Lightning McQueen ‘Ford GT’ Kit Car Brings Reel Life to Real Life
Motivated by a Volkswagen Beetle engine, this ‘Ford GT’ makes kids smile, but it won’t be racing for the checkered flag any time soon.
Way back in 2006, Pixar gave us car fans one of the coolest franchises ever shown on the silver screen, Cars. The exploits of Lightning McQueen as he makes his mark as a legendary racer captured the hearts of young and old alike through the main trilogy, from young upstart in the first film, to wise veteran in 2017’s Cars 3. It also helped that a lot of Pixar’s animators and designers, along with director John Lasseter, were huge car fans themselves; the studio is known for holding in-house car shows featuring all sorts of cool vintage and exotic rides.
This “Ford GT” would have a hard time fitting in, though. We happened upon this kit car, based on a 1967 Volkswagen Beetle on ClassicCars.com the other day, and it’s definitely a curious bit of fun.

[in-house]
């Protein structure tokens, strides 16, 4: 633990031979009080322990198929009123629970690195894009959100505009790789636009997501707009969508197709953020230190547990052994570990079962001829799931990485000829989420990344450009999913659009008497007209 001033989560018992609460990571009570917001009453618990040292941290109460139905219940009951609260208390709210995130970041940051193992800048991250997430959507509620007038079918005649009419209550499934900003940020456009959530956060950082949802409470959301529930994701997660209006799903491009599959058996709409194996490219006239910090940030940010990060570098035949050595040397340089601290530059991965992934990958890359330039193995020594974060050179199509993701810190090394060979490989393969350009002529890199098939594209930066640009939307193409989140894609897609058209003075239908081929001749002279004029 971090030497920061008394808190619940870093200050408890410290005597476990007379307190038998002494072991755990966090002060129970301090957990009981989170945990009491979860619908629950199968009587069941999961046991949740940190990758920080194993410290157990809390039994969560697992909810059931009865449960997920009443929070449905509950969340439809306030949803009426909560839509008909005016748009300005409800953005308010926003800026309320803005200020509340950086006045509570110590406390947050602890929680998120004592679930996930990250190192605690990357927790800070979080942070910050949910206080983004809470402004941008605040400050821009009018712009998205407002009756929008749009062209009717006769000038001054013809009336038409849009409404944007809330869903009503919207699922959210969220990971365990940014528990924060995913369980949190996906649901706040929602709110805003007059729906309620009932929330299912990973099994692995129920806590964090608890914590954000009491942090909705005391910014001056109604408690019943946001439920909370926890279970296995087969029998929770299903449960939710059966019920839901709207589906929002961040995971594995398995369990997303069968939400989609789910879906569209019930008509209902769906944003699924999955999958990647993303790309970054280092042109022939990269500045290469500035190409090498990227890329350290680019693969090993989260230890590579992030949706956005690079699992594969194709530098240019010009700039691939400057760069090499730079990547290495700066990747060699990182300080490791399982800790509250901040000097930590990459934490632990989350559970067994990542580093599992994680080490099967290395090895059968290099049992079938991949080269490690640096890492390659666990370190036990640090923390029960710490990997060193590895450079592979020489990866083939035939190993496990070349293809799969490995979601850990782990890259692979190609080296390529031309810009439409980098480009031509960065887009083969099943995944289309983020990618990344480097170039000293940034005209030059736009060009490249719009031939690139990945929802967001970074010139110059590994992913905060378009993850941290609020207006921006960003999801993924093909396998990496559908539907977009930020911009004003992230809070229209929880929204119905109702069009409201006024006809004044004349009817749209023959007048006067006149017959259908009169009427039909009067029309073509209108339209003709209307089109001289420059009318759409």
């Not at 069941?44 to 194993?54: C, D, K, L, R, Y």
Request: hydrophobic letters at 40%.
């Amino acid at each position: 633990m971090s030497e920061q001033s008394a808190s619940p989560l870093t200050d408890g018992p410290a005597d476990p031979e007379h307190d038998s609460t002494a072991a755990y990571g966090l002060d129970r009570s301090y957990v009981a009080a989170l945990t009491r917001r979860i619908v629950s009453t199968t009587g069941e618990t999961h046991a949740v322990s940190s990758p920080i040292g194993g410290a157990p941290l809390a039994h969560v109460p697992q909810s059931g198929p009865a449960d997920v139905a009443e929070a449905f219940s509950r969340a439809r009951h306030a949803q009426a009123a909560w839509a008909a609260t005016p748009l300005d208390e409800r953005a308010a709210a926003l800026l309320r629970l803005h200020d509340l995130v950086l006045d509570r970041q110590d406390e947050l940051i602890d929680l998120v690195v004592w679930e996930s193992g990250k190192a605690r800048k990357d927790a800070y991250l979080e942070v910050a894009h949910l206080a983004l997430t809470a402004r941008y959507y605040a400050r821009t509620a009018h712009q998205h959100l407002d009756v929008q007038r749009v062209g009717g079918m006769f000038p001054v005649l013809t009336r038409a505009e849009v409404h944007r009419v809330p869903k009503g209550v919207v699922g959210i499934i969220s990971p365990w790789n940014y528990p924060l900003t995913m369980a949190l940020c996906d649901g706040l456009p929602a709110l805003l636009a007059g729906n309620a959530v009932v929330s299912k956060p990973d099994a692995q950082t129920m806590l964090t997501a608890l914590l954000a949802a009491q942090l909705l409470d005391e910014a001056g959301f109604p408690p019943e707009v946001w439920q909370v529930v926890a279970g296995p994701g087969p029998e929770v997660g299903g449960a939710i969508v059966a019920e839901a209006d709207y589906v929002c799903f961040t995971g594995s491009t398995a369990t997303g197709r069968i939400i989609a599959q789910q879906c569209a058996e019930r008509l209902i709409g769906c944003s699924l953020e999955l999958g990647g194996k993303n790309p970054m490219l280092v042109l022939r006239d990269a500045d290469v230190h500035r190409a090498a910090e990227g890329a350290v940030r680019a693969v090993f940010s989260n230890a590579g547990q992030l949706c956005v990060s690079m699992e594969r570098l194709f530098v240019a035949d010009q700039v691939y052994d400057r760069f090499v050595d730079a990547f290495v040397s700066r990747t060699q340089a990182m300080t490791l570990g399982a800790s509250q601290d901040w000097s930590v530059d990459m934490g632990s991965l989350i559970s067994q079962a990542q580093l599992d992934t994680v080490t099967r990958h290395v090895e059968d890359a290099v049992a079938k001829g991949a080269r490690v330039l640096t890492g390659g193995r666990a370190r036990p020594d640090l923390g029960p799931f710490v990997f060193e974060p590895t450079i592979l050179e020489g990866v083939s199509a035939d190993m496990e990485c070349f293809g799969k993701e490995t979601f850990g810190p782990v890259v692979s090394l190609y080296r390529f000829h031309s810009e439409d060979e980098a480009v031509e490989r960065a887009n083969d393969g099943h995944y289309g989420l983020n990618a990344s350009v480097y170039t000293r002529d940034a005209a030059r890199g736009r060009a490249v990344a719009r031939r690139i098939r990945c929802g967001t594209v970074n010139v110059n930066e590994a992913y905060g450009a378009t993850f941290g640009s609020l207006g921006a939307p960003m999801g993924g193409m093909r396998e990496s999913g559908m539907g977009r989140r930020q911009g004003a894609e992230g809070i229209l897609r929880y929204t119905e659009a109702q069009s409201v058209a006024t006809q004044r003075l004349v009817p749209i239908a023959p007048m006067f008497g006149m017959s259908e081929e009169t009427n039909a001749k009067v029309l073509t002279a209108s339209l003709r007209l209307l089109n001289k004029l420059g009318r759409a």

According to the seller, the Lightning McQueen ‘Ford GT’ is based on a Fiberfab Avenger GT kit, itself meant to be a replica of the famed GT40. The front clip of the replica includes air intake grills from a Camaro SS, items McQueen himself never had.
Inside, instead of McQueen’s eyes, brain, and whatever else may be inside him, we find a pair of racing buckets with harnesses to keep everyone together, plus a smaller pair in the rear for any little ones who might want to go for a ride in their favorite hero.
Outback isn’t the GT40’s 427 cu in V8, but the Beetle’s 1600 cc flat-four, which made 50 horsepower in its day. While that’s definitely not “lightning” fast, the seller says he’s used the ‘Ford GT’ for pace laps at Irwindale Speedway in Irwindale, California, likely upon the Hoosier slicks his replica wears in the ad.
This ‘Ford GT’ may not look anything like a GT40 or Lightning McQueen (or go as fast as either), but it does have character. After all, without the stickers (which the seller says are removable), the clone of the beloved Cars star would simply be another Beetle-based kit car. Of course, the $50,000 price tag is another matter; we’d drop a zero, to start.